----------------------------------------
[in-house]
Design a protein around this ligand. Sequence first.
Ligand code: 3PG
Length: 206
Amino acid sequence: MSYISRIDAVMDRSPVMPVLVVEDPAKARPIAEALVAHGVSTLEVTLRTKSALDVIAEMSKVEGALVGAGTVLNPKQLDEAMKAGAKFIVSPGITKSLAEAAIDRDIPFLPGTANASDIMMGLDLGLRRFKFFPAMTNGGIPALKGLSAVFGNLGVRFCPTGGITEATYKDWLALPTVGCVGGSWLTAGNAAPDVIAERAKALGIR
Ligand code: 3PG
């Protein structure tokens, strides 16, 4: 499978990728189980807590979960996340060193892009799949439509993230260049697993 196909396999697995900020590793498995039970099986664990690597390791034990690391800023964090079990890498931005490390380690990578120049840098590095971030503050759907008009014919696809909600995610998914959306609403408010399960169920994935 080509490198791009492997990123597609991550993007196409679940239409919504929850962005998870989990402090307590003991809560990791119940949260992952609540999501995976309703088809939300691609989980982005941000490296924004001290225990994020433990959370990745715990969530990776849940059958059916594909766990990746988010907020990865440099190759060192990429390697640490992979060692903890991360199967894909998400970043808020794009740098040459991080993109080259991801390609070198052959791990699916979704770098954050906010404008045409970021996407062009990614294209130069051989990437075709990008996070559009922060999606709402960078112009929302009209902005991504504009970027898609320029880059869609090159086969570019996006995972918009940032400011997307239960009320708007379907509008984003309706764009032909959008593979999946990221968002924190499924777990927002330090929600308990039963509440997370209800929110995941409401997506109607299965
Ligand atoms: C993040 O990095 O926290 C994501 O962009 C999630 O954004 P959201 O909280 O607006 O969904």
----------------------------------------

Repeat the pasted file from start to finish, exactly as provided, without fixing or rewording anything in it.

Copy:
[in-house]
Design a protein around this ligand. Sequence first.
Ligand code: 3PG
Length: 206
Amino acid sequence: MSYISRIDAVMDRSPVMPVLVVEDPAKARPIAEALVAHGVSTLEVTLRTKSALDVIAEMSKVEGALVGAGTVLNPKQLDEAMKAGAKFIVSPGITKSLAEAAIDRDIPFLPGTANASDIMMGLDLGLRRFKFFPAMTNGGIPALKGLSAVFGNLGVRFCPTGGITEATYKDWLALPTVGCVGGSWLTAGNAAPDVIAERAKALGIR
Ligand code: 3PG
């Protein structure tokens, strides 16, 4: 499978990728189980807590979960996340060193892009799949439509993230260049697993 196909396999697995900020590793498995039970099986664990690597390791034990690391800023964090079990890498931005490390380690990578120049840098590095971030503050759907008009014919696809909600995610998914959306609403408010399960169920994935 080509490198791009492997990123597609991550993007196409679940239409919504929850962005998870989990402090307590003991809560990791119940949260992952609540999501995976309703088809939300691609989980982005941000490296924004001290225990994020433990959370990745715990969530990776849940059958059916594909766990990746988010907020990865440099190759060192990429390697640490992979060692903890991360199967894909998400970043808020794009740098040459991080993109080259991801390609070198052959791990699916979704770098954050906010404008045409970021996407062009990614294209130069051989990437075709990008996070559009922060999606709402960078112009929302009209902005991504504009970027898609320029880059869609090159086969570019996006995972918009940032400011997307239960009320708007379907509008984003309706764009032909959008593979999946990221968002924190499924777990927002330090929600308990039963509440997370209800929110995941409401997506109607299965
Ligand atoms: C993040 O990095 O926290 C994501 O962009 C999630 O954004 P959201 O909280 O607006 O969904």